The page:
Background The objective of this study was to describe parental perceived factors which may influence the occurrence of unintentional traumatic injuries among children aged 5 to 12 years, in the Colombo district of Sri Lanka.
Methods A community based qualitative study consisting of several Focus Group Discussions (FGD), were conducted, covering four separate areas of the district. The study population was housewives, who were parents of children. Each FGD consisted of 5 participants, a facilitator and a note taker. They were conducted in a private setting within their villages.
Results The study showed that home, schools, playgrounds and roads were the most common injury risk environments according to the parental perception. Risk factors for home injuries were hyperactive children, non-vigilant parents, socio-economic family factors and behaviour of other siblings. Unruly students, inexperienced teachers and unsafe school environment were identified to be the risks at school. Playground conditions and incorrect techniques in sports were causes for playground injuries. Travelling in 2-wheel and 3-wheel vehicles were a risk factor for road accidents. Most parents thought inexperience of children were a main cause for sustaining injuries. Lack of proper parental guidance in carrying out activities put children at risk of injury. Parental awareness of child’s friends, their behaviour and activities were found to be important. Knowledge of first aid in the children and proper implementation of regulations by the authorities were also mentioned as important steps that could minimise the occurrence, and effects of injuries.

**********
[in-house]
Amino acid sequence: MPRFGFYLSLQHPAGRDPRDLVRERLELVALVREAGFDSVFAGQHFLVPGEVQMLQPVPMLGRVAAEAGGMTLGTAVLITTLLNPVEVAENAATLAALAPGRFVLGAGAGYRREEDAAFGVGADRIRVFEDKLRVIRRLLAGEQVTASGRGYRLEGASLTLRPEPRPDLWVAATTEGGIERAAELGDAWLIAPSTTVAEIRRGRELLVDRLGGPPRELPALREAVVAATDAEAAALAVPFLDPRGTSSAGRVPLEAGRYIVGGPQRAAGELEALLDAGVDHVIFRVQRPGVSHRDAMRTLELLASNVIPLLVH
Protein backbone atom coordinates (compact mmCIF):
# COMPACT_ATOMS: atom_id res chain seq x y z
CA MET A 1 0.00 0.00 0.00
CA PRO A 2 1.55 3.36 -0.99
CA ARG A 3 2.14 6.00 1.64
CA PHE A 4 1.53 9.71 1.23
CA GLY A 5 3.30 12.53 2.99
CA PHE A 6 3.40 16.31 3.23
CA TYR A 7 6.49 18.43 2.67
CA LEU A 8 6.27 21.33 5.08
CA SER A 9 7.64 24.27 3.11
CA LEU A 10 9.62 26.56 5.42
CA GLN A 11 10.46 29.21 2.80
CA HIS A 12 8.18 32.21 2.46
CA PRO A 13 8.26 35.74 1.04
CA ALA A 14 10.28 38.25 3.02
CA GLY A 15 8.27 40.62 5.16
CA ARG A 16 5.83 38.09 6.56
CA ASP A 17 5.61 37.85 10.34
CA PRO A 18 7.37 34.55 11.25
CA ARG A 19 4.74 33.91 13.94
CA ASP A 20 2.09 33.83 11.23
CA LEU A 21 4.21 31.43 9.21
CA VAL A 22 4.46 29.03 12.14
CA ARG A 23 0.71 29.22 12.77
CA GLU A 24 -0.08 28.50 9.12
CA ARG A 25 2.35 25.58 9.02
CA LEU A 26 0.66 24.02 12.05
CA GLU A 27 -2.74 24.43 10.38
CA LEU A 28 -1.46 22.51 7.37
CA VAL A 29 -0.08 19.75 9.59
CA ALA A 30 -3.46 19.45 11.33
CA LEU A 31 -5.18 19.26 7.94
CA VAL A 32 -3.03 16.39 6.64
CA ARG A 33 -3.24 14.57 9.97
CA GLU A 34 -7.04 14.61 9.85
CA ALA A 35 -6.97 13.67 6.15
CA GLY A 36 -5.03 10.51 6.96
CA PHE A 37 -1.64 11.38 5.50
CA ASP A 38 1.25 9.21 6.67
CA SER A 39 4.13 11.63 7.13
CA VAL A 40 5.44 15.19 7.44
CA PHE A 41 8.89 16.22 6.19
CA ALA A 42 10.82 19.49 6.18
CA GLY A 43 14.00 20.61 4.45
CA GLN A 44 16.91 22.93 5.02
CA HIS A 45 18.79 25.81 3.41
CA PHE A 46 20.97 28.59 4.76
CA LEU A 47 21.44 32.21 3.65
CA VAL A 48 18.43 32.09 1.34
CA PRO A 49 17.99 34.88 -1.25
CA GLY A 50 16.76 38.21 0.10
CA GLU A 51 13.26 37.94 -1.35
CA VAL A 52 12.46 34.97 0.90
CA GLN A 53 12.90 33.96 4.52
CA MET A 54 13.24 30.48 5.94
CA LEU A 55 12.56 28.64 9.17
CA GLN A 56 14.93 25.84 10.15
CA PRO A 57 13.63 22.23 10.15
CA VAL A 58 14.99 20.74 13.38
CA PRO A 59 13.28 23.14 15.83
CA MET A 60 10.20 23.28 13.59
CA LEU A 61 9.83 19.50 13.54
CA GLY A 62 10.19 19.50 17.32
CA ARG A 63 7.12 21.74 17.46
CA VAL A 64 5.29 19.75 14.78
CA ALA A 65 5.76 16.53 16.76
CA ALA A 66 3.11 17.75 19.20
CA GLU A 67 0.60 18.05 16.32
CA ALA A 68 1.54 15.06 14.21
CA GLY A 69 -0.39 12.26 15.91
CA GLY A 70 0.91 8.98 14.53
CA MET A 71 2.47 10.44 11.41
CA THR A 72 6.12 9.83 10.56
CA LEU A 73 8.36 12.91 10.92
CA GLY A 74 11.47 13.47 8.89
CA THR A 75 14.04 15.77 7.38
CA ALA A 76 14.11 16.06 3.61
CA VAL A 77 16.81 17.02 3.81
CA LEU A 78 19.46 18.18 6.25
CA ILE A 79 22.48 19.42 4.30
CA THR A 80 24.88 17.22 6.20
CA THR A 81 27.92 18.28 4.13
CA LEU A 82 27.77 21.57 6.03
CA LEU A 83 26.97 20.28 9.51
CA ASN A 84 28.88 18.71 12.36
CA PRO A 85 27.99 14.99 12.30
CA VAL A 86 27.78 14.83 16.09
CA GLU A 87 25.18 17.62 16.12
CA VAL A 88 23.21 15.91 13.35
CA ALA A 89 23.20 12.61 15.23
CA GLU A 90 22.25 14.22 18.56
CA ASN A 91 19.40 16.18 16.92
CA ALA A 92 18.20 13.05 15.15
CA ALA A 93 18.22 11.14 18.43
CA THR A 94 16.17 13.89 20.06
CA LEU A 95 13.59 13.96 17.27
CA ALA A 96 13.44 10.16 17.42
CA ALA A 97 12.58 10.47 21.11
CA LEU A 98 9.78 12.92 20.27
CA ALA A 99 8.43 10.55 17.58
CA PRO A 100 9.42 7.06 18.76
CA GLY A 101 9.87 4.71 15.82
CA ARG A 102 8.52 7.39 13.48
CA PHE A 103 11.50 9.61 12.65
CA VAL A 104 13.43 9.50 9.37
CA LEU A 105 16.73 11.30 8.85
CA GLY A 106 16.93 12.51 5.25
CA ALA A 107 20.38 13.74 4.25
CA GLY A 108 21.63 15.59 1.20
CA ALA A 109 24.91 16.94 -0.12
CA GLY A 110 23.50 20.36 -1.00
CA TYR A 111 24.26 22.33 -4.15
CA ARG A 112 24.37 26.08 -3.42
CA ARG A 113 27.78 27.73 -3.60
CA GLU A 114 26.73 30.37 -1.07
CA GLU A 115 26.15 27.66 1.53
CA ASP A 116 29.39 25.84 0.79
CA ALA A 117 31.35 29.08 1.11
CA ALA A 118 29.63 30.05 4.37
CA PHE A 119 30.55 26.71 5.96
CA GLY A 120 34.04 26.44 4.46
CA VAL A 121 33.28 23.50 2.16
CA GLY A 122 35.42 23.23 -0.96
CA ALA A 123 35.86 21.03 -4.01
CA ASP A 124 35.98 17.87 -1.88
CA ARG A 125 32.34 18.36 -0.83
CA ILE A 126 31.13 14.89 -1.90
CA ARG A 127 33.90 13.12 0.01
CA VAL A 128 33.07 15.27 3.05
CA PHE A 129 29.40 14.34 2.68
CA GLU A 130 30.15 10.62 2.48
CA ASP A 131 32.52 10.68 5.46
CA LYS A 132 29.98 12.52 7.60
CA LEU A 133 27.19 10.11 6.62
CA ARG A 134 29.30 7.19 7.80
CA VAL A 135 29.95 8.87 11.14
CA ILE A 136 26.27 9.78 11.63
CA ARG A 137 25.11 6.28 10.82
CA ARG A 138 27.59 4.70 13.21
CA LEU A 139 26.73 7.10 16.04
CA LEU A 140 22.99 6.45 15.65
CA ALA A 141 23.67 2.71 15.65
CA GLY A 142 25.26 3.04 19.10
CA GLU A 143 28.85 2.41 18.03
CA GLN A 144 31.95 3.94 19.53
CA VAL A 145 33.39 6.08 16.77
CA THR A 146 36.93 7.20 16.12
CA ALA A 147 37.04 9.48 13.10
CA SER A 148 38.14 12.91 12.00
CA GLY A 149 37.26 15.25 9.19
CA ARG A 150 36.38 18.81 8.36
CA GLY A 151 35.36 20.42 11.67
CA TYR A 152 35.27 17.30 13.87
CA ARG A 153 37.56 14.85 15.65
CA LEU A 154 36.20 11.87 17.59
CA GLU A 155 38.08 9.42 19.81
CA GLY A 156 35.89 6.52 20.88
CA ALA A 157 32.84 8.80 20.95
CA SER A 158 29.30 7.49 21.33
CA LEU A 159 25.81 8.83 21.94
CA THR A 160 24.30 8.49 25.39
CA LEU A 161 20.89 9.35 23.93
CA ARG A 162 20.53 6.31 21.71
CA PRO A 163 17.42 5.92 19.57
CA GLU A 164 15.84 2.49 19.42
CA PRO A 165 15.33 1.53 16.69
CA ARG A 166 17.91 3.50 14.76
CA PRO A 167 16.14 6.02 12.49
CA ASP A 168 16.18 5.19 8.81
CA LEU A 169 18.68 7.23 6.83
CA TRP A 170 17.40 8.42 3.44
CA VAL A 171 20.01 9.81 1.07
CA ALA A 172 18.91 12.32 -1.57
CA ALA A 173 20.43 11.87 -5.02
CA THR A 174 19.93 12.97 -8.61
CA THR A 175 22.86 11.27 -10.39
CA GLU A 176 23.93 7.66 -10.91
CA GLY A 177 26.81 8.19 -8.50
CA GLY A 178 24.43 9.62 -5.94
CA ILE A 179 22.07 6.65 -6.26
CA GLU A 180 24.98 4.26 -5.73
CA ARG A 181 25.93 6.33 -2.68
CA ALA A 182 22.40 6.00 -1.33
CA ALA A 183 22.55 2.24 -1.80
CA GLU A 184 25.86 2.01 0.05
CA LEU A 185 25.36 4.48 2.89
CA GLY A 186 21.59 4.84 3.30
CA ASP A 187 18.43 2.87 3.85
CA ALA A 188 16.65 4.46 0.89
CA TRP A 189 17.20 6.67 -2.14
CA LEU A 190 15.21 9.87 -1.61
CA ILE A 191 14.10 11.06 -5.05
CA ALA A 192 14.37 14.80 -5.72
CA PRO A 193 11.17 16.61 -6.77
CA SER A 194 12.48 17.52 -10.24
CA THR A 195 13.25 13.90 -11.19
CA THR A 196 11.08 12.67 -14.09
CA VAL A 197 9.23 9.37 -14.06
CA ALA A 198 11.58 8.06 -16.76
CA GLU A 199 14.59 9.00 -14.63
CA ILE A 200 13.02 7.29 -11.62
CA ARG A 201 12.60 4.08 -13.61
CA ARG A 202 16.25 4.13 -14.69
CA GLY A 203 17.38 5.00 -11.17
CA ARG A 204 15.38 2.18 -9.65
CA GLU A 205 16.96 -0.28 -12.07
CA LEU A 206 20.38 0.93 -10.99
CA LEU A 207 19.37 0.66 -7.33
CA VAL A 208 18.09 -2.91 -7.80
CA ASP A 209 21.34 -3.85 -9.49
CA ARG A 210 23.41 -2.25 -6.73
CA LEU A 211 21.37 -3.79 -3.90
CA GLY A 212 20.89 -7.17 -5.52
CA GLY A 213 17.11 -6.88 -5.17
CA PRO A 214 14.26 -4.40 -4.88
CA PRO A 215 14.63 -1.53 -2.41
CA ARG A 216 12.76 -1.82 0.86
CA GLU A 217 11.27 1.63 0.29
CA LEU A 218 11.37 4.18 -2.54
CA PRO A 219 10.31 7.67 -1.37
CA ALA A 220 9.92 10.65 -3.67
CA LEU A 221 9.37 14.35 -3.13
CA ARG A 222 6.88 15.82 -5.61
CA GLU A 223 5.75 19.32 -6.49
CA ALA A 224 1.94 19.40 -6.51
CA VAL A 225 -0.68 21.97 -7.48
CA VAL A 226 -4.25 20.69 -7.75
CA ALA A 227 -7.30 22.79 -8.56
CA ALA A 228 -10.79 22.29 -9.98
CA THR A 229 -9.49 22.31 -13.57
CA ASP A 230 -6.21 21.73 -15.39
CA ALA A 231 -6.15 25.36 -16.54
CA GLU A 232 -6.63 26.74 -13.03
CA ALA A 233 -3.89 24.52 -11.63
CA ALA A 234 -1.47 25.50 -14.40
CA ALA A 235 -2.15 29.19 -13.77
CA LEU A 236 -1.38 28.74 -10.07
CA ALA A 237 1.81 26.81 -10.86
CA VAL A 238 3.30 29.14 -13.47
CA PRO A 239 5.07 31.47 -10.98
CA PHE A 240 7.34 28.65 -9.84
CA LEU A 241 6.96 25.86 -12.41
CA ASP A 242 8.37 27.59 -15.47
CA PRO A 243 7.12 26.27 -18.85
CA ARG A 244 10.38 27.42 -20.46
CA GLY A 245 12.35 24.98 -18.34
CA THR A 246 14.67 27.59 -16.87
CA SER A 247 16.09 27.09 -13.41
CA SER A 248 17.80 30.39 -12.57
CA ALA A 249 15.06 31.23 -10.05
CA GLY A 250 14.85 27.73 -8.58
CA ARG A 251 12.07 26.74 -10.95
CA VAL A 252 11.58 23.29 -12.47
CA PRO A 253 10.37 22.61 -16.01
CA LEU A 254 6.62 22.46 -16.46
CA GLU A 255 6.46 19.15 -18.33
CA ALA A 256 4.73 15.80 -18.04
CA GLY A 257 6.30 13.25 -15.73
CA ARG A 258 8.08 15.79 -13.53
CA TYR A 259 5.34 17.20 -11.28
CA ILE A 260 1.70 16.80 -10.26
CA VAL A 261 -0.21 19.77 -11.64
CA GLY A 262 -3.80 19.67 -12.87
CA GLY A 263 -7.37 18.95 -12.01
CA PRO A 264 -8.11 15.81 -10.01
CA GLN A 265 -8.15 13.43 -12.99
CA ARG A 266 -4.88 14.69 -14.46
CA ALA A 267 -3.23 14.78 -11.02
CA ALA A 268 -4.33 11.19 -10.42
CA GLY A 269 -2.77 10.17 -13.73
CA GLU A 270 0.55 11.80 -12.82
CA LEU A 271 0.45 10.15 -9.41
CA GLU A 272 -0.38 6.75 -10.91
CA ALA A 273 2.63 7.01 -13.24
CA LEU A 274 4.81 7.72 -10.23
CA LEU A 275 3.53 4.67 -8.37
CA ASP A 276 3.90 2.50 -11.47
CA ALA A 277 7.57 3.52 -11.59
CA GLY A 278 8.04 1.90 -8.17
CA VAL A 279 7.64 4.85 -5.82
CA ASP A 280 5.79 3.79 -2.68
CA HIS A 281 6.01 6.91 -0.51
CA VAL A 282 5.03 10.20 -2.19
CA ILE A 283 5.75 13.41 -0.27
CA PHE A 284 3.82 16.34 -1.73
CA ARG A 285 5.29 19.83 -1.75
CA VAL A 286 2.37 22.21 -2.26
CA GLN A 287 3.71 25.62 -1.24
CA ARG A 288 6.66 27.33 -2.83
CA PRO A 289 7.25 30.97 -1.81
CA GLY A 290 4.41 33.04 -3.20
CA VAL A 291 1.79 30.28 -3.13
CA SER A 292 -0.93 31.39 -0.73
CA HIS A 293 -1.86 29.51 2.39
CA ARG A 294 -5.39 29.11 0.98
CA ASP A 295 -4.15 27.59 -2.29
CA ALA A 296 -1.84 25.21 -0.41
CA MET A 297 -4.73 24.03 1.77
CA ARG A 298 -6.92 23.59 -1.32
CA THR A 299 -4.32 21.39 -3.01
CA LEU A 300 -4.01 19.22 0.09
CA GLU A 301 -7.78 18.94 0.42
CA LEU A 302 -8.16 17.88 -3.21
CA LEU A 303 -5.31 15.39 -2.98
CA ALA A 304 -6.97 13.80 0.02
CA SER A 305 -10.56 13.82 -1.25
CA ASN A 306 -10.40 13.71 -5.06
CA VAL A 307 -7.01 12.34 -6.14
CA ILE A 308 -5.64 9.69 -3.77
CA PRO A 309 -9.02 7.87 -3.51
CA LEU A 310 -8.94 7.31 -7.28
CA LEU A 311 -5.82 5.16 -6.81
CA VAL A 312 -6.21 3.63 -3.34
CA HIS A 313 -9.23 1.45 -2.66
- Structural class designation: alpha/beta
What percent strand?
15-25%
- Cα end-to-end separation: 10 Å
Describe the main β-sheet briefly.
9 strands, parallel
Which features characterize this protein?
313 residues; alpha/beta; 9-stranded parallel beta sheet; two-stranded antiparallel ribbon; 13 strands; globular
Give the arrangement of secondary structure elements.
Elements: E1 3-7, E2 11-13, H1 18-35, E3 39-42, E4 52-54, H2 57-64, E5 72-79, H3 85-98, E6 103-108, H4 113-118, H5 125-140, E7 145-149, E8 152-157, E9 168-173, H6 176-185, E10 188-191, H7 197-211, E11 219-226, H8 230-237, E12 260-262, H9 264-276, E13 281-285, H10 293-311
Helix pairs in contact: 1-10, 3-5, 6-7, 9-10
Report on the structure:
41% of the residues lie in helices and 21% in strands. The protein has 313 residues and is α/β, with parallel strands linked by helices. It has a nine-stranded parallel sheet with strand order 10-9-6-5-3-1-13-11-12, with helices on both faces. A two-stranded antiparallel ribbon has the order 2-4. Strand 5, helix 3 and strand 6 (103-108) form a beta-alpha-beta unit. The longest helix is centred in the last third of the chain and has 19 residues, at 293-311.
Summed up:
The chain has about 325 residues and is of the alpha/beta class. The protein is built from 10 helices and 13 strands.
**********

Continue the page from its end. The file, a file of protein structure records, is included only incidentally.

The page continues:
Conclusions Parents have a responsibility in the prevention of injuries of their children. They need to teach and train their children to identify injury risks factors and avoid them or act safely. They need to be aware of the child’s friends, their behaviour and must have a close bond with their children to prevent them from injuries.